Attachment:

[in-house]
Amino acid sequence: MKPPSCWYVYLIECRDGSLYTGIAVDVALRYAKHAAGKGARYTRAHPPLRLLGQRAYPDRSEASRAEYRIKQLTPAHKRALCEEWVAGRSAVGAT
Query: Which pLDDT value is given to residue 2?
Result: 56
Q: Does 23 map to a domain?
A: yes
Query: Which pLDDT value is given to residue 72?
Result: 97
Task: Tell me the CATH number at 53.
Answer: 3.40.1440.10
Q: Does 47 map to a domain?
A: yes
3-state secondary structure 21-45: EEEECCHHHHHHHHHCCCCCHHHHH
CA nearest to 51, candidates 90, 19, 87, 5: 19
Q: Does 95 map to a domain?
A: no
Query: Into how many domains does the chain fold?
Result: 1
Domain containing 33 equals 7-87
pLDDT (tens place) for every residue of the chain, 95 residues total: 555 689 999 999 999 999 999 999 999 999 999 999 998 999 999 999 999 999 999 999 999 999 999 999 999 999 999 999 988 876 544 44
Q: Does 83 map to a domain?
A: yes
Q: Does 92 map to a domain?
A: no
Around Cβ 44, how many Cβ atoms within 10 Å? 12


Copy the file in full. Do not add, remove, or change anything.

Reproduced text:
[in-house]
Amino acid sequence: MKPPSCWYVYLIECRDGSLYTGIAVDVALRYAKHAAGKGARYTRAHPPLRLLGQRAYPDRSEASRAEYRIKQLTPAHKRALCEEWVAGRSAVGAT
Query: Which pLDDT value is given to residue 2?
Result: 56
Q: Does 23 map to a domain?
A: yes
Query: Which pLDDT value is given to residue 72?
Result: 97
Task: Tell me the CATH number at 53.
Answer: 3.40.1440.10
Q: Does 47 map to a domain?
A: yes
3-state secondary structure 21-45: EEEECCHHHHHHHHHCCCCCHHHHH
CA nearest to 51, candidates 90, 19, 87, 5: 19
Q: Does 95 map to a domain?
A: no
Query: Into how many domains does the chain fold?
Result: 1
Domain containing 33 equals 7-87
pLDDT (tens place) for every residue of the chain, 95 residues total: 555 689 999 999 999 999 999 999 999 999 999 999 998 999 999 999 999 999 999 999 999 999 999 999 999 999 999 999 988 876 544 44
Q: Does 83 map to a domain?
A: yes
Q: Does 92 map to a domain?
A: no
Around Cβ 44, how many Cβ atoms within 10 Å? 12